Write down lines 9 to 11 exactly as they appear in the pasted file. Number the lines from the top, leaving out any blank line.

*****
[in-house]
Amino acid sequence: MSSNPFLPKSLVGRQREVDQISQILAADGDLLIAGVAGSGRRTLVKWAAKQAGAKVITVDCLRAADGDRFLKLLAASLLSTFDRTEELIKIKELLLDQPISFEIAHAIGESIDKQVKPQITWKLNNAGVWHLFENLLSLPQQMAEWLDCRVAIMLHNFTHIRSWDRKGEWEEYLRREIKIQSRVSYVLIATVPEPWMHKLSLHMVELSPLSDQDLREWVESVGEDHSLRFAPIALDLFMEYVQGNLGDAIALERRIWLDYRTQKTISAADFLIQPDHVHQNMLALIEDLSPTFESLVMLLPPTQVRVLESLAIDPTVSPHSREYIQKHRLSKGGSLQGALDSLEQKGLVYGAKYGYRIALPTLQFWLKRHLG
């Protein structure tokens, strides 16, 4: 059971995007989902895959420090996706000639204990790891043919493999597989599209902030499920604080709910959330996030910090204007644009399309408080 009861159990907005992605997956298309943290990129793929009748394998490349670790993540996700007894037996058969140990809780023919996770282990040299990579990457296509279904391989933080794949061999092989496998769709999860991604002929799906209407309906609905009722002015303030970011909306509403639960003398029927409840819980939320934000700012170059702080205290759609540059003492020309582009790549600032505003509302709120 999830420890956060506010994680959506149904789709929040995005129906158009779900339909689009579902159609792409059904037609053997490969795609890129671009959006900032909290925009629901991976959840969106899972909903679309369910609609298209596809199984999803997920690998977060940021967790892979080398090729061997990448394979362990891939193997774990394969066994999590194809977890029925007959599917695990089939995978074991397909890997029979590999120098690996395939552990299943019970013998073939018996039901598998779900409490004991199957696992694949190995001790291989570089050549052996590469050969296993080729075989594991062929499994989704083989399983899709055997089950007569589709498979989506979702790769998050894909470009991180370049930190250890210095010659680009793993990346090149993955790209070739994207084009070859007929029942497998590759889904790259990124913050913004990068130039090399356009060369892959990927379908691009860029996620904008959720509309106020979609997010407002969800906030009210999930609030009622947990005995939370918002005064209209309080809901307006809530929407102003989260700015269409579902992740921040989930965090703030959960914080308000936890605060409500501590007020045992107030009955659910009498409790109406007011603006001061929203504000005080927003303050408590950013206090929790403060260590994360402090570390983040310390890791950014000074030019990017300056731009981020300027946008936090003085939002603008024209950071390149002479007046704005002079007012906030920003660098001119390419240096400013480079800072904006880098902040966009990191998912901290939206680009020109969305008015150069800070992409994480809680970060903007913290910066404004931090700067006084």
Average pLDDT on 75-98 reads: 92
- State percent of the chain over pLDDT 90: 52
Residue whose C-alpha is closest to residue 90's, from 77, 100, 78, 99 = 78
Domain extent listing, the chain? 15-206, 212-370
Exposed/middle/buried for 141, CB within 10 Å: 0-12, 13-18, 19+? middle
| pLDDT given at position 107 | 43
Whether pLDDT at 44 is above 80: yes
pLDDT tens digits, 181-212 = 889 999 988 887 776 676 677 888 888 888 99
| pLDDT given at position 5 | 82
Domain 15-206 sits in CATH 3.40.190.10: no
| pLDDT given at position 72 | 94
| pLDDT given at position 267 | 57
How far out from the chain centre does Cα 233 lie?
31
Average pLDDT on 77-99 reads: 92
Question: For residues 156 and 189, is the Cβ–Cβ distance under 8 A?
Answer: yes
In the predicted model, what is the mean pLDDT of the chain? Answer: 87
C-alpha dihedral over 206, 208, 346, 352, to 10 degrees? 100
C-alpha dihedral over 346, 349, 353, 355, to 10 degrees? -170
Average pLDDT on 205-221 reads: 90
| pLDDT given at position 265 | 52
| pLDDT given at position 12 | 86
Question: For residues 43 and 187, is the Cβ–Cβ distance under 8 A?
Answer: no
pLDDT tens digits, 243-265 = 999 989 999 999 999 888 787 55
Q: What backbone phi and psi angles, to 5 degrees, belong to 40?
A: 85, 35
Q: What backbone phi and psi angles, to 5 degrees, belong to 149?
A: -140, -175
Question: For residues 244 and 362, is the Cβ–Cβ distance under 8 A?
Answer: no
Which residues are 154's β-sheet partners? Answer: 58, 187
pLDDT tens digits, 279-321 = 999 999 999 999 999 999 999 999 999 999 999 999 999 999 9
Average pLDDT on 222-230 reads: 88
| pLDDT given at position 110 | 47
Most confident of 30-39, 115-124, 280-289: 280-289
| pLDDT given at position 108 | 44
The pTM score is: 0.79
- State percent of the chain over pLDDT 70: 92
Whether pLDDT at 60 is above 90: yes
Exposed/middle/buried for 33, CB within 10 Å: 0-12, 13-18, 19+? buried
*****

| pLDDT given at position 107 | 43
Whether pLDDT at 44 is above 80: yes
pLDDT tens digits, 181-212 = 889 999 988 887 776 676 677 888 888 888 99